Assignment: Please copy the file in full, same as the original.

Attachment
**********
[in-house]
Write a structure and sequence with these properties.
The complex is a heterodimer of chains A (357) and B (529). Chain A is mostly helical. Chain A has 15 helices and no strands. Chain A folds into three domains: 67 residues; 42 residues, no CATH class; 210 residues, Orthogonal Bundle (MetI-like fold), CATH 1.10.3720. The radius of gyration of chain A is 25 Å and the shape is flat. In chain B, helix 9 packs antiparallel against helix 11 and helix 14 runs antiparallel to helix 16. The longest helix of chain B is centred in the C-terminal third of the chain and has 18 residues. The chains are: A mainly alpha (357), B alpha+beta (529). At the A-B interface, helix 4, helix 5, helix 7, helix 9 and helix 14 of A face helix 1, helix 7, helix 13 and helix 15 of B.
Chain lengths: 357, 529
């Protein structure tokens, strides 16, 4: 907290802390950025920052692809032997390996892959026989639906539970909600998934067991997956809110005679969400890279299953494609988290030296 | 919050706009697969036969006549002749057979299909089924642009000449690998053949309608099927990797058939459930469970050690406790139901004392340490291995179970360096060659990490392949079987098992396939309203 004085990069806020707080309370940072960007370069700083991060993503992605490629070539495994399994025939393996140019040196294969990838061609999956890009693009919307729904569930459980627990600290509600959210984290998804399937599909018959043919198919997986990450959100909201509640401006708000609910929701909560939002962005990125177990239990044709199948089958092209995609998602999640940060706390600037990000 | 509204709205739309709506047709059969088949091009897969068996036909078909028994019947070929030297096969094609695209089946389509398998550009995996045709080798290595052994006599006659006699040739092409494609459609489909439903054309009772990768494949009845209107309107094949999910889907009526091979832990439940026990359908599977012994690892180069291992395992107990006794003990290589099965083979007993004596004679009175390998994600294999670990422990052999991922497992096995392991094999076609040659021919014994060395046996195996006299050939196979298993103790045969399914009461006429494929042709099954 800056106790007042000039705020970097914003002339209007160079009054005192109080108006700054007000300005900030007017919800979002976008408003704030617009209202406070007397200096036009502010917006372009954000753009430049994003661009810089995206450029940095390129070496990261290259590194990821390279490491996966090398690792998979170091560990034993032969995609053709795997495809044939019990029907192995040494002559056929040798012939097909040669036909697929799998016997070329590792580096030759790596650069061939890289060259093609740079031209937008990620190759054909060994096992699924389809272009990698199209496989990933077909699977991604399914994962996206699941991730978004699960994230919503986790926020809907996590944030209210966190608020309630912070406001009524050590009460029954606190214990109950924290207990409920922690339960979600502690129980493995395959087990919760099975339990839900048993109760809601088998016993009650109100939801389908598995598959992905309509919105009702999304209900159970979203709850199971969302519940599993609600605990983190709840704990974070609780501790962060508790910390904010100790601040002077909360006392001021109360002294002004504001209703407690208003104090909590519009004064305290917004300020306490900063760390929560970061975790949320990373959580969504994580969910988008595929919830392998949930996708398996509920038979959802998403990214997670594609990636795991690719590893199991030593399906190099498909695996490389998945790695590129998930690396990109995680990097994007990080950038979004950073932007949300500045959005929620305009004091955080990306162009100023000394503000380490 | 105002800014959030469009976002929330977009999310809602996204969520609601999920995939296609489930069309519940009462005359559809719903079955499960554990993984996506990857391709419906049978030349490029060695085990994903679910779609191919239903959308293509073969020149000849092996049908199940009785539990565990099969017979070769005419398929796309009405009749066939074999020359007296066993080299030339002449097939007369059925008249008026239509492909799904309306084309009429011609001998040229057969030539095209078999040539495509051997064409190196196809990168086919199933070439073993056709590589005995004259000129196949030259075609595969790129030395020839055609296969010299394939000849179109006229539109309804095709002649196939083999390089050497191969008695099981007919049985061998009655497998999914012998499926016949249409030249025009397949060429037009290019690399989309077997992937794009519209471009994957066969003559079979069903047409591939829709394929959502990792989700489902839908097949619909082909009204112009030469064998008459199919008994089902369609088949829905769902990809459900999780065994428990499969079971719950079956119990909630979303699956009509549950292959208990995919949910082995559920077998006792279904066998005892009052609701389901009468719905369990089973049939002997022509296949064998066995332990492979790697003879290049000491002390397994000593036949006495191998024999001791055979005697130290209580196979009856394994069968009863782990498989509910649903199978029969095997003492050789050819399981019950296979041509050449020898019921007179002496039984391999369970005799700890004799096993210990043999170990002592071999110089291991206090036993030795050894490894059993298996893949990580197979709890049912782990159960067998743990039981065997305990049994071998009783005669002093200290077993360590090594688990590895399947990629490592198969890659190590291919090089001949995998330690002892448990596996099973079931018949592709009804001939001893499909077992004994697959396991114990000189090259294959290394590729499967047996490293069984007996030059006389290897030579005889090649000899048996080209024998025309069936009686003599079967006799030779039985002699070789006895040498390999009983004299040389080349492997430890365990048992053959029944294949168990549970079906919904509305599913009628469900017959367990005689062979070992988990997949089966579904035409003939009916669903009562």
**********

[in-house]
Write a structure and sequence with these properties.
The complex is a heterodimer of chains A (357) and B (529). Chain A is mostly helical. Chain A has 15 helices and no strands. Chain A folds into three domains: 67 residues; 42 residues, no CATH class; 210 residues, Orthogonal Bundle (MetI-like fold), CATH 1.10.3720. The radius of gyration of chain A is 25 Å and the shape is flat. In chain B, helix 9 packs antiparallel against helix 11 and helix 14 runs antiparallel to helix 16. The longest helix of chain B is centred in the C-terminal third of the chain and has 18 residues. The chains are: A mainly alpha (357), B alpha+beta (529). At the A-B interface, helix 4, helix 5, helix 7, helix 9 and helix 14 of A face helix 1, helix 7, helix 13 and helix 15 of B.
Chain lengths: 357, 529
């Protein structure tokens, strides 16, 4: 907290802390950025920052692809032997390996892959026989639906539970909600998934067991997956809110005679969400890279299953494609988290030296 | 919050706009697969036969006549002749057979299909089924642009000449690998053949309608099927990797058939459930469970050690406790139901004392340490291995179970360096060659990490392949079987098992396939309203 004085990069806020707080309370940072960007370069700083991060993503992605490629070539495994399994025939393996140019040196294969990838061609999956890009693009919307729904569930459980627990600290509600959210984290998804399937599909018959043919198919997986990450959100909201509640401006708000609910929701909560939002962005990125177990239990044709199948089958092209995609998602999640940060706390600037990000 | 509204709205739309709506047709059969088949091009897969068996036909078909028994019947070929030297096969094609695209089946389509398998550009995996045709080798290595052994006599006659006699040739092409494609459609489909439903054309009772990768494949009845209107309107094949999910889907009526091979832990439940026990359908599977012994690892180069291992395992107990006794003990290589099965083979007993004596004679009175390998994600294999670990422990052999991922497992096995392991094999076609040659021919014994060395046996195996006299050939196979298993103790045969399914009461006429494929042709099954 800056106790007042000039705020970097914003002339209007160079009054005192109080108006700054007000300005900030007017919800979002976008408003704030617009209202406070007397200096036009502010917006372009954000753009430049994003661009810089995206450029940095390129070496990261290259590194990821390279490491996966090398690792998979170091560990034993032969995609053709795997495809044939019990029907192995040494002559056929040798012939097909040669036909697929799998016997070329590792580096030759790596650069061939890289060259093609740079031209937008990620190759054909060994096992699924389809272009990698199209496989990933077909699977991604399914994962996206699941991730978004699960994230919503986790926020809907996590944030209210966190608020309630912070406001009524050590009460029954606190214990109950924290207990409920922690339960979600502690129980493995395959087990919760099975339990839900048993109760809601088998016993009650109100939801389908598995598959992905309509919105009702999304209900159970979203709850199971969302519940599993609600605990983190709840704990974070609780501790962060508790910390904010100790601040002077909360006392001021109360002294002004504001209703407690208003104090909590519009004064305290917004300020306490900063760390929560970061975790949320990373959580969504994580969910988008595929919830392998949930996708398996509920038979959802998403990214997670594609990636795991690719590893199991030593399906190099498909695996490389998945790695590129998930690396990109995680990097994007990080950038979004950073932007949300500045959005929620305009004091955080990306162009100023000394503000380490 | 105002800014959030469009976002929330977009999310809602996204969520609601999920995939296609489930069309519940009462005359559809719903079955499960554990993984996506990857391709419906049978030349490029060695085990994903679910779609191919239903959308293509073969020149000849092996049908199940009785539990565990099969017979070769005419398929796309009405009749066939074999020359007296066993080299030339002449097939007369059925008249008026239509492909799904309306084309009429011609001998040229057969030539095209078999040539495509051997064409190196196809990168086919199933070439073993056709590589005995004259000129196949030259075609595969790129030395020839055609296969010299394939000849179109006229539109309804095709002649196939083999390089050497191969008695099981007919049985061998009655497998999914012998499926016949249409030249025009397949060429037009290019690399989309077997992937794009519209471009994957066969003559079979069903047409591939829709394929959502990792989700489902839908097949619909082909009204112009030469064998008459199919008994089902369609088949829905769902990809459900999780065994428990499969079971719950079956119990909630979303699956009509549950292959208990995919949910082995559920077998006792279904066998005892009052609701389901009468719905369990089973049939002997022509296949064998066995332990492979790697003879290049000491002390397994000593036949006495191998024999001791055979005697130290209580196979009856394994069968009863782990498989509910649903199978029969095997003492050789050819399981019950296979041509050449020898019921007179002496039984391999369970005799700890004799096993210990043999170990002592071999110089291991206090036993030795050894490894059993298996893949990580197979709890049912782990159960067998743990039981065997305990049994071998009783005669002093200290077993360590090594688990590895399947990629490592198969890659190590291919090089001949995998330690002892448990596996099973079931018949592709009804001939001893499909077992004994697959396991114990000189090259294959290394590729499967047996490293069984007996030059006389290897030579005889090649000899048996080209024998025309069936009686003599079967006799030779039985002699070789006895040498390999009983004299040389080349492997430890365990048992053959029944294949168990549970079906919904509305599913009628469900017959367990005689062979070992988990997949089966579904035409003939009916669903009562």